The COVID-19 pandemic is causing financial issues for almost everyone. But it is hurting one community more than others. A group who are always facing cash-flow issues are those at the bottom of the income ladder.
Take, for example, Malaysian families that earn less than RM 2,000 per month. According to Khazanah Research Institute, in normal times these families have only RM 76 of disposable income per month, which means they will have no savings to tide them over during the current COVID-19 crisis. Making life very difficult indeed.
Figure 1: Income expenditure of families earning less than RM2,000 in Malaysia
The reality of the B40 group (bottom 40% of income earners) is that they have next to no savings to tide them over on a rainy day such as the current COVID-19 crisis.
Trapped in Poverty
Even in normal times, for families at the lowest ends of society, poverty is a vicious cycle hard to break out from. It simply means poverty begets poverty, trapping generations of the same family unless an external intervention is applied to break the cycle.
Figure 2: The Poverty Cycle
Not having enough money has a significant impact on these families, for example:
• 1 in 4 kids are undernourished, obese or overweight due to lack of nutrients and good food intake;
• Many children don’t get 3 meals a day, food quality and nutrition balance is not the highest priority;
• Lack of food impacts kids interest to go to school, so they do not the education which would help them earn a good salary as adults;
To break the poverty cycle, intervention is required and there are NGO’s on the ground trying to do just this.
The Giving Gap
Many non-government organisations (NGO)s are trying to help the lowest income families, but are facing challenges themselves. The core of their main challenge can be described as The Giving Gap.
Figure 3: The Giving Gap
The Giving Gap was a phrase coined by Vircle and refers to the gap between Givers of donations and their intended beneficiaries. This gap leads to leakages and use of donations for purposes other than providing benefits to the person in need.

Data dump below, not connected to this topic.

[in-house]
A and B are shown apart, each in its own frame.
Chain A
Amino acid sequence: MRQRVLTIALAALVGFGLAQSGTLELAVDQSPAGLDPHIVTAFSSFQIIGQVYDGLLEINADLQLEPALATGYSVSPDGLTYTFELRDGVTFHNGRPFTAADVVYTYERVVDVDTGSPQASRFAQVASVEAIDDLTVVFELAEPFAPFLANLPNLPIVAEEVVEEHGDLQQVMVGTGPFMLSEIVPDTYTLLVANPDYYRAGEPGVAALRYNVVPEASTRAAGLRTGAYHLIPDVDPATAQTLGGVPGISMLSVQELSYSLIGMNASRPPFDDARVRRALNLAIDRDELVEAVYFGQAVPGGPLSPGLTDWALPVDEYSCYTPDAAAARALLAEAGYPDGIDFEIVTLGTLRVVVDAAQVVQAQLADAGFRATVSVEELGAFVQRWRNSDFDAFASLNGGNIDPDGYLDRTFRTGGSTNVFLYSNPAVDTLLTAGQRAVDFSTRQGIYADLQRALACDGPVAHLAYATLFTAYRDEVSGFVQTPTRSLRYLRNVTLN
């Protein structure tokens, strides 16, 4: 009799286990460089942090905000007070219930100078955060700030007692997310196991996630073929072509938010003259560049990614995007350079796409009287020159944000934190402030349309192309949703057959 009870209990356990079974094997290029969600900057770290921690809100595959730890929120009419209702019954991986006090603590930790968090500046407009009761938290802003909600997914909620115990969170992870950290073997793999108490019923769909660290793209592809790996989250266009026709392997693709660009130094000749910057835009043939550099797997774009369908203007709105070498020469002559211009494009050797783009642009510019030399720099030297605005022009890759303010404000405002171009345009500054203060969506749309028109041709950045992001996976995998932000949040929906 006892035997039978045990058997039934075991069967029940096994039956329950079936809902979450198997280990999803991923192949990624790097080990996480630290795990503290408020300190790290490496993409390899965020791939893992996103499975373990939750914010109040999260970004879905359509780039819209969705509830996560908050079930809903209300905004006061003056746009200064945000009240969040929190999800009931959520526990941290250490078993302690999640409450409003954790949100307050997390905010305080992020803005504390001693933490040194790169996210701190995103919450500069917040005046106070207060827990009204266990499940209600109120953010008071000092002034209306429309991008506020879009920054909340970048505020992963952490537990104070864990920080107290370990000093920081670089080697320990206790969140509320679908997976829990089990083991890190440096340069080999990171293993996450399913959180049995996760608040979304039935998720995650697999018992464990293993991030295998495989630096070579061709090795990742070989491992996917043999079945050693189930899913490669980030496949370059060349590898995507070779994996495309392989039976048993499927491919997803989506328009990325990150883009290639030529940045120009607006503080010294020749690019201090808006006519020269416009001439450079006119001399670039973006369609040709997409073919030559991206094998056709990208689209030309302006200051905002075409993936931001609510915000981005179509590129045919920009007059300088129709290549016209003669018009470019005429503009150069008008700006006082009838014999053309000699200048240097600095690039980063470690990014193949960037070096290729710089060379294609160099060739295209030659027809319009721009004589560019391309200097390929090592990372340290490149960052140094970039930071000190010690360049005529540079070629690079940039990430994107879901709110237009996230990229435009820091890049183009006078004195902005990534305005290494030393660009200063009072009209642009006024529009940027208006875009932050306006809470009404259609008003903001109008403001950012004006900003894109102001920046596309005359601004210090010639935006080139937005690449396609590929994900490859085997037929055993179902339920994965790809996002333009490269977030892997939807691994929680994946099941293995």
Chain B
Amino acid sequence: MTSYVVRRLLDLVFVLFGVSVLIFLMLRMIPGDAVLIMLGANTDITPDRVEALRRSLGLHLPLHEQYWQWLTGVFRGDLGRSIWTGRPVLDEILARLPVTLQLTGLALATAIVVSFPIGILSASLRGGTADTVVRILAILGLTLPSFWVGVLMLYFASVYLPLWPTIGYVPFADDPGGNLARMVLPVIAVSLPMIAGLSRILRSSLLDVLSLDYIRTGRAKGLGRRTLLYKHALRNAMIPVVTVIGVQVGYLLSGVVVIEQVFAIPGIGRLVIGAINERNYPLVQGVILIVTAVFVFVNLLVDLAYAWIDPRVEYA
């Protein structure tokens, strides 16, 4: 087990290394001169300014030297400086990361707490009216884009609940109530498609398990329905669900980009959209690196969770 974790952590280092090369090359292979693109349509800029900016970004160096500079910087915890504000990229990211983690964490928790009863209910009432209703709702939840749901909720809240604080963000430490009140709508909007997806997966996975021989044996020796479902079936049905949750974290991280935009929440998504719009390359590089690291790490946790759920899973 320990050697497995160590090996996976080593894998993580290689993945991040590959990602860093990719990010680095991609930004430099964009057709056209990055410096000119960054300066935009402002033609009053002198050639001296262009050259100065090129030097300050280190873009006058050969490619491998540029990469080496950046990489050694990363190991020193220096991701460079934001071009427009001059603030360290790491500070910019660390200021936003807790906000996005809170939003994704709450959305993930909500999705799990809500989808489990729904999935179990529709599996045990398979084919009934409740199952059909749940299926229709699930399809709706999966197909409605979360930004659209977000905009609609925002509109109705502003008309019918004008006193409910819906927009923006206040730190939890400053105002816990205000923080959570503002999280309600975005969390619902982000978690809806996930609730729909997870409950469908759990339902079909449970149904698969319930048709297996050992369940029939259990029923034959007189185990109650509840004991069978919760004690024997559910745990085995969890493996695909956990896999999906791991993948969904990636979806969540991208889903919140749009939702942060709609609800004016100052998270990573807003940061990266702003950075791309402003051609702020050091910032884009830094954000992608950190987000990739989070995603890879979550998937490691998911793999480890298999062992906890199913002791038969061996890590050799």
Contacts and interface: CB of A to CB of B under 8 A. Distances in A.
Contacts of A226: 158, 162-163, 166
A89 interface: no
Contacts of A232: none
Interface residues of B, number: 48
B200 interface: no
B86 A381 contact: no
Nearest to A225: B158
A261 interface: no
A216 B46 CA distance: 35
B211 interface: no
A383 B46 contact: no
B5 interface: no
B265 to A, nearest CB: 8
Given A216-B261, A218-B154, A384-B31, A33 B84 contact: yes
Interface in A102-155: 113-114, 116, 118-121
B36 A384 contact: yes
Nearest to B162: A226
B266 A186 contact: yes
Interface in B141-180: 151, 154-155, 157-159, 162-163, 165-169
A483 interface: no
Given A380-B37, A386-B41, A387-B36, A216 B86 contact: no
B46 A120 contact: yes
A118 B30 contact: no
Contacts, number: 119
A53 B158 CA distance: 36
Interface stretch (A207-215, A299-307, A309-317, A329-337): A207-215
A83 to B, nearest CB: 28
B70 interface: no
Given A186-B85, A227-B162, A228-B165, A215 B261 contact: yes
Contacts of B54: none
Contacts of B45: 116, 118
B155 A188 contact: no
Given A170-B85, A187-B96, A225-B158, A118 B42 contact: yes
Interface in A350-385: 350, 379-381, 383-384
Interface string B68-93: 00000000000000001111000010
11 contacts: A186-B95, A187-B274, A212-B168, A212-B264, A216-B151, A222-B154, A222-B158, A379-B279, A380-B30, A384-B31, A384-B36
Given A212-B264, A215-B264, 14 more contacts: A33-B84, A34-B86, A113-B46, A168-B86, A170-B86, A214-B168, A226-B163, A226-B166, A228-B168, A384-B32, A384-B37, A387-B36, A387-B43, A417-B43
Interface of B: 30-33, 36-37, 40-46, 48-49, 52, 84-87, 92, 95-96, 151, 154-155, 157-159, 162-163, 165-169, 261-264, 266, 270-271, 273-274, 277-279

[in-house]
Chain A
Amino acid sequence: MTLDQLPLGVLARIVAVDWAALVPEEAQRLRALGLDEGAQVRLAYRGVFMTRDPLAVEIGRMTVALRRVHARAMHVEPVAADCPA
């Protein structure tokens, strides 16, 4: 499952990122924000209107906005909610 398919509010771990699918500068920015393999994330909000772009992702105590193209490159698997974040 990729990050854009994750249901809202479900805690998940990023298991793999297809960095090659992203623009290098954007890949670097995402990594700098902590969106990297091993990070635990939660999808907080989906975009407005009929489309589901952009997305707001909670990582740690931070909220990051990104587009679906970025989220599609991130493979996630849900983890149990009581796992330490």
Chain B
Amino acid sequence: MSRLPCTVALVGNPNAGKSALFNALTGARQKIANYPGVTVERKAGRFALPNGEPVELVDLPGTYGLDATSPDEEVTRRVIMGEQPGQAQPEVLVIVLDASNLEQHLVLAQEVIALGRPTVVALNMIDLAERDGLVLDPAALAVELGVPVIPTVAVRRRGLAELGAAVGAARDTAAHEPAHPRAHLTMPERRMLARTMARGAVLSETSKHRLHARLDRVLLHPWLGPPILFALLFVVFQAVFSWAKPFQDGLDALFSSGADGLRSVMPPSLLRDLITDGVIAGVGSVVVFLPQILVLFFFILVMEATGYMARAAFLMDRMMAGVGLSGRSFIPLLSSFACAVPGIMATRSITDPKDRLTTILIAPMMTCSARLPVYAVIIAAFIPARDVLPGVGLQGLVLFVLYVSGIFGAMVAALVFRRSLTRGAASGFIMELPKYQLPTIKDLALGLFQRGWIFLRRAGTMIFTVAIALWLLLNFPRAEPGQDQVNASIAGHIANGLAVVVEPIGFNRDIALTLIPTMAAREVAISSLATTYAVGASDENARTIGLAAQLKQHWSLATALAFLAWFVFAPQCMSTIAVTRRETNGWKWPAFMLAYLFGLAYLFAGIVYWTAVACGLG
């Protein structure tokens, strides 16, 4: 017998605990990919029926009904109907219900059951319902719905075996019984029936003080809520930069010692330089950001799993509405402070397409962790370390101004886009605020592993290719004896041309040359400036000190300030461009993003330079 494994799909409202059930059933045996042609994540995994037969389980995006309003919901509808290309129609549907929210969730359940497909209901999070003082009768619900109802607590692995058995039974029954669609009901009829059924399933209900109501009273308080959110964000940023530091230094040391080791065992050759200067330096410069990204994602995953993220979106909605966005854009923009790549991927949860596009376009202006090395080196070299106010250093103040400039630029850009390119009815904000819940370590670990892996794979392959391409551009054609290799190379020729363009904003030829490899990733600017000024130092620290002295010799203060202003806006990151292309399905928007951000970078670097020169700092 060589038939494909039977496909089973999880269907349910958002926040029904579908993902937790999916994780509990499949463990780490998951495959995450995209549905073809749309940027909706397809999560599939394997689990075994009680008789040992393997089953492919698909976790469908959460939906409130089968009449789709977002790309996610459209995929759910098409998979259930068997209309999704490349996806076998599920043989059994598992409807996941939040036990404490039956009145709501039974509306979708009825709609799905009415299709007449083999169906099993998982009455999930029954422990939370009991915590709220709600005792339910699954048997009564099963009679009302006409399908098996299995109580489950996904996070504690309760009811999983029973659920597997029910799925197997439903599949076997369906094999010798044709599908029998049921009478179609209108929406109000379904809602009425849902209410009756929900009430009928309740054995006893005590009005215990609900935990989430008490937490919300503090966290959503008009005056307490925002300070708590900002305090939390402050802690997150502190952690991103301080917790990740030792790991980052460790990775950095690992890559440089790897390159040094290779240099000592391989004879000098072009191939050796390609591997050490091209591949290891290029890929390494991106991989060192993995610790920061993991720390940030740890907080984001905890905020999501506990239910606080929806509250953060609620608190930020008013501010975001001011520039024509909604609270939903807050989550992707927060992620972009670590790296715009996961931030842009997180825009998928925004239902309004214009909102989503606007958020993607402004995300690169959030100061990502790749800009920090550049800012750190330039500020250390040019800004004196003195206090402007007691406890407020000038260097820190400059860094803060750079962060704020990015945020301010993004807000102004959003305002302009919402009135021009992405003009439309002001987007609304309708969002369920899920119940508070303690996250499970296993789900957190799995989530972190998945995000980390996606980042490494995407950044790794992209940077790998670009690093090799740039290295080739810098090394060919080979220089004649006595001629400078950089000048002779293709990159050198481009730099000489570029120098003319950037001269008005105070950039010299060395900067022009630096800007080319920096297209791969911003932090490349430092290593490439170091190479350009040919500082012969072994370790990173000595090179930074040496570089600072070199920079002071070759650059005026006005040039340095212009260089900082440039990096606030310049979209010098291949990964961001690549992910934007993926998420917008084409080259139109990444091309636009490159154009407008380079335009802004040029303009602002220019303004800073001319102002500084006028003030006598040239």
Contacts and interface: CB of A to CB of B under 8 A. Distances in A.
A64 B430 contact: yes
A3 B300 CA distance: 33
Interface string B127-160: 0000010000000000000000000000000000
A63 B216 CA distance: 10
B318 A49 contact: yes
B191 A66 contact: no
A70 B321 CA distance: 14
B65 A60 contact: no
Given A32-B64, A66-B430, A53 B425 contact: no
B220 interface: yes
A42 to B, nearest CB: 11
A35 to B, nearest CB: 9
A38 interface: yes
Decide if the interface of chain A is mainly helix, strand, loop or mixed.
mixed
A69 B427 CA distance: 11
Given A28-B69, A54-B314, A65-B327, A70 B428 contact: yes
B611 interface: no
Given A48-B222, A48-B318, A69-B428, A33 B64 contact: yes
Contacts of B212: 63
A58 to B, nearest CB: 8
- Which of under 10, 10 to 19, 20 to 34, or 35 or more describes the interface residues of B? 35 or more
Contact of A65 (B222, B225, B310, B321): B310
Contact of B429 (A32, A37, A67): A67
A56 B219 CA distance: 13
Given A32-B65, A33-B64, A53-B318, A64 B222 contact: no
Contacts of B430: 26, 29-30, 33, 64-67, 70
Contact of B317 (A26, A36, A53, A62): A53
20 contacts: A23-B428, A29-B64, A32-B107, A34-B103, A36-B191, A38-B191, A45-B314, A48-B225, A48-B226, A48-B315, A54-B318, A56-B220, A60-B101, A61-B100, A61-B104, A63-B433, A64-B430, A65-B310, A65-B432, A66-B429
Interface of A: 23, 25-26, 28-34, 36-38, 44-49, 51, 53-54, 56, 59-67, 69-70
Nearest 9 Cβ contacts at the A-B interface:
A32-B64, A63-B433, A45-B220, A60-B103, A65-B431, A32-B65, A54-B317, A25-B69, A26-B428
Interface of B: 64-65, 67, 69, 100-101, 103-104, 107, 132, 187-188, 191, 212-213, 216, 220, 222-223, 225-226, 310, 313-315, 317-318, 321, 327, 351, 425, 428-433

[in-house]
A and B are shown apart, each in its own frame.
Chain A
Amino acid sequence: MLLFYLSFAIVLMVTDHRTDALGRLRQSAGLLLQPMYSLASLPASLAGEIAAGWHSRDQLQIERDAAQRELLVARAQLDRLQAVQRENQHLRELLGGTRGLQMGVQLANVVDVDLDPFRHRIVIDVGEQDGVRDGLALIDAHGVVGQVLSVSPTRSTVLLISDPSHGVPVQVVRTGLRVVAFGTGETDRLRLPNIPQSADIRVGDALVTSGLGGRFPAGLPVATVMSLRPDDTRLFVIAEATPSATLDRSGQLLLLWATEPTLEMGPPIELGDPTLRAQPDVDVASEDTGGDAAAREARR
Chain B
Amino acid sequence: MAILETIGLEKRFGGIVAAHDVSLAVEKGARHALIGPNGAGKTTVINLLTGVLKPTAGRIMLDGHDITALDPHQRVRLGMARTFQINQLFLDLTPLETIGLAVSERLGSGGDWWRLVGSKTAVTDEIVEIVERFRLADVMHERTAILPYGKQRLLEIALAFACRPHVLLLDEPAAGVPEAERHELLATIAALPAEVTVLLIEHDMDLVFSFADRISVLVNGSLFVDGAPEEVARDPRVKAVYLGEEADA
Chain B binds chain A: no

Because of the Giving Gap, potential donors are reluctant to give money to charities and NGO’s – they know that much of the money given will not end up where it is really required.
Lack of trust in giving has meant:
• Insufficient funds to totally cover the small B20 community.
• Insufficient funds to expand the project to a larger share of B20 and B40 across Malaysia.
• Over 80% of NGO effort and time spent fundraising.
MMICare and Project Kapar
One NGO that is trying to help poor families escape poverty in Malaysia is MMICare – an established NGO comprising women volunteers. One of their initiatives is Project Kapar, which is aimed at enabling a small B20 community in Malaysia to escape from the poverty trap.
They faced the challenge of the Giving Gap, which meant they spent a disproportionate amount of their time on fundraising.
Another challenge MMICare faced was the fact that they could not simply give cash to the B20 families. The conditions were such that money provided would be used for alcohol or other non-essential and harmful goods.
So giving food provisions was better than giving cash. Food security is an essential foundation for families, while proper nutrition impacts academic achievements & child growth.
Connecting donors to beneficiaries
Vircle stepped in to assist MMICare with Project Kapar. Vircle provided their state-of-the-art fintech app to help connect donors directly to beneficiaries, increasing the level of trust in where their donations would flow.
The Vircle App made this possible by enabling MMICare to create an ecosystem in which 100% of what was donated will actually be received by the intended beneficiary.
In this ecosystem, donors were able to have full control of what they gave and could select who they gave to, what they gave (whether money or items), where and when the benefits were to be picked up.
A key aspect that Vircle automated and digitised was the ability for MMICare to link the benefits they provided to the condition that the families children attended both school and after-school tuition and dinners.
Figure 5: Vircle Helps get kids to school
The results were impressive. The percentage of school children attending schools rocketed from 15% to 100%, and the cost of raising funds went down from 25% to 12%.
Between July 2019 and November 2019, the programmes has benefitted a community of over 100 through 3 programs and impacted countless lives. As a result, the NGO could spend more time doing what they wanted to do - helping poor families break the cycle of poverty.
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